redbeardmcgee
redbeardmcgee
5/16/12 1:55 a.m.

Hello everyone,

First time poster, long time subscriber. I enjoyed the short article in the May 2012 issue about up and downsizing but I would to hear some feedback about two things. I know it would have significantly increased the testing required for the article but would it not have been helpful to also include a 19" combo? Lest people continue saying, as they have been, "If 18s are faster than 17s, 19s must be faster still!"

Also, I commend the effort taken to find a 17" wheel that would make the 17' combo weigh the same as the 18" combo but a more realistic choice would have been to include the 17" OZ Alleggeritas which would be around 15 lbs. The test as it was conducted proves that for this car, with these drivers, and with these specific wheels and tires that an 18" combo will provide slightly better ultimate grip, better manageability, and better lap times than a 17" combo of the same weight. What it does not tell us is how lap times and the car's demeanor are affected when a smaller wheel of the same construction(and lower weight) is used. This, for me, is the crucial piece of information.

Just my 2 cents,

Matt

David S. Wallens
David S. Wallens Editorial Director
5/16/12 10:55 a.m.

Thanks for the feedback, and thanks for joining our forum. To be honest, it's hard to do a tire test that appeals to everyone, but we do our best to generate useful data. We decided to make this one an A-B test to answer one particular question. Plus, we also recently did a pretty in-depth plus-size comparo with our MX-5.

Add more sizes to a test? Well, now we're talking about testing tires over a long span of time. What if the pavement heats up or cools down due to weather changes? Or, what about driver fatigue?

Here's one for you. A while back we were looking doing a similar test--testing the same model of tire over different sizes. I forget the details, but turns out that the tire company used two different construction techniques--larger sizes had one makeup while the smaller one used another. So, while the model name and looks were consistent across the line, the tire guts were in fact very different. We would have basically been using two different tire models for the test. I pulled out some hair on that one.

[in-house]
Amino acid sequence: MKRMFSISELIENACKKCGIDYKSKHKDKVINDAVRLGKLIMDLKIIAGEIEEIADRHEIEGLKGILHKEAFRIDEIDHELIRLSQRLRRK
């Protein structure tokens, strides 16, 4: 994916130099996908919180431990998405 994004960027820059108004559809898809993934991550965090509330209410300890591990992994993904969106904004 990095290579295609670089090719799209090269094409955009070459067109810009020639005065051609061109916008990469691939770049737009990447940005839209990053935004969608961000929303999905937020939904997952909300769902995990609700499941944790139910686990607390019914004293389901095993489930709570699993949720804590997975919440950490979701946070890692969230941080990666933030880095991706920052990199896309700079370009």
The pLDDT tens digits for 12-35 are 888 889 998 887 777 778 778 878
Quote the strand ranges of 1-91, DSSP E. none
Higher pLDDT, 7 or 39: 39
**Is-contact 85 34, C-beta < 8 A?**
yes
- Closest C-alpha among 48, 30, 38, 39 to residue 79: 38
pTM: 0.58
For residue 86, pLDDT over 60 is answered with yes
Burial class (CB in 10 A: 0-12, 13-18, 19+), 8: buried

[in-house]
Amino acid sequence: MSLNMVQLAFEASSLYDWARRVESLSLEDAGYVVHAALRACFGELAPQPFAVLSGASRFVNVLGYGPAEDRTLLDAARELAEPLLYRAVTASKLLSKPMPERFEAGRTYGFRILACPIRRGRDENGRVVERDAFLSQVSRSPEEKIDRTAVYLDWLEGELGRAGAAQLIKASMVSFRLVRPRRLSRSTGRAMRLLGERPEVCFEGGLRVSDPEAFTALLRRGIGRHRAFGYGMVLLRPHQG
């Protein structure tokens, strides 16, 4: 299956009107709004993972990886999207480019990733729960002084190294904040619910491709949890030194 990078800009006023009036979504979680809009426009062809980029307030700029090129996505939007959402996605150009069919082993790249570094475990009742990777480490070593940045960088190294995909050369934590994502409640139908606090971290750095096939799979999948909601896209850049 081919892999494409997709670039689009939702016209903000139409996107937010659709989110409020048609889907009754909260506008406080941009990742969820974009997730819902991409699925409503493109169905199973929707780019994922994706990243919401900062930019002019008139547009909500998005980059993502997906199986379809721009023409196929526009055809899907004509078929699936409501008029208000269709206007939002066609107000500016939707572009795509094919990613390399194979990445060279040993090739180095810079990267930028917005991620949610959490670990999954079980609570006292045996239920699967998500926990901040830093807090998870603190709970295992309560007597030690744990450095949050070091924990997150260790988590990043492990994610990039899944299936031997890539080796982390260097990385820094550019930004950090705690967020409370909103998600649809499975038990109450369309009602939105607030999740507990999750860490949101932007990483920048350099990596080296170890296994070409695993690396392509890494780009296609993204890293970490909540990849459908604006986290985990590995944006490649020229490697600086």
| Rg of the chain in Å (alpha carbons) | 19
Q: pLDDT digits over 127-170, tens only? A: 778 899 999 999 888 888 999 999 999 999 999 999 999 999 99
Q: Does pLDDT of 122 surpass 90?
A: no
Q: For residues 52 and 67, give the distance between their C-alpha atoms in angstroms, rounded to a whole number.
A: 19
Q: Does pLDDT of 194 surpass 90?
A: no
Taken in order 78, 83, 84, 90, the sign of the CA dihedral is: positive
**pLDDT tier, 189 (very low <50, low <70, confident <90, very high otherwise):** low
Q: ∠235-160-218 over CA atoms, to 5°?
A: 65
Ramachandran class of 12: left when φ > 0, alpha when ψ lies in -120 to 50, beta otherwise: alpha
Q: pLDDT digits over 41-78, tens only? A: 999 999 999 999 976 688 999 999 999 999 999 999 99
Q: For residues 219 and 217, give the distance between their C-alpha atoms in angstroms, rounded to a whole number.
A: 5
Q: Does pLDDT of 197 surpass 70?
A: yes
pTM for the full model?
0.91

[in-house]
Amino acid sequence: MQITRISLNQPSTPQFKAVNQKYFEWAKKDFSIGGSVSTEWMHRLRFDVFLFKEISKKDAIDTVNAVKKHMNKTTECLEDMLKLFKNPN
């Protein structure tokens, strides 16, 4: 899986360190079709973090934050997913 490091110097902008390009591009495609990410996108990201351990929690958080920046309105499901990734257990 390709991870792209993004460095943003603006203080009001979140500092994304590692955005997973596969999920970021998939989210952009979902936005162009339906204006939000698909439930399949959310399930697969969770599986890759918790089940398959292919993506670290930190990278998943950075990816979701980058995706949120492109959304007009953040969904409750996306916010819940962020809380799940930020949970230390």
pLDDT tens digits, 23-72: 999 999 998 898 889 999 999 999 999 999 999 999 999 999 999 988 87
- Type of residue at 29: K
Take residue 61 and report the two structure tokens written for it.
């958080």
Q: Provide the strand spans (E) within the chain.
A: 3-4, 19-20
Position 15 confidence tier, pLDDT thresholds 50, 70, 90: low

JoeyM
JoeyM SuperDork
5/16/12 11:43 a.m.
David S. Wallens wrote: So, while the model name and looks were consistent across the line, the tire guts were in fact very different. We would have basically been using two different tire models for the test. I pulled out some hair on that one.

That's a really annoying practice for manufacturers to follow.

ShadowSix
ShadowSix Reader
5/16/12 12:02 p.m.
JoeyM wrote:
David S. Wallens wrote: So, while the model name and looks were consistent across the line, the tire guts were in fact very different. We would have basically been using two different tire models for the test. I pulled out some hair on that one.

That's a really annoying practice for manufacturers to follow.

This throws my entire world into chaos.

David S. Wallens
David S. Wallens Editorial Director
5/16/12 12:11 p.m.
JoeyM wrote:
David S. Wallens wrote: So, while the model name and looks were consistent across the line, the tire guts were in fact very different. We would have basically been using two different tire models for the test. I pulled out some hair on that one.

That's a really annoying practice for manufacturers to follow.

Well, I don't think they do it to mess with my tire tests. I can see their side, too: A 185/60R14 tire has different load requirements than a 275/40R20, for example.

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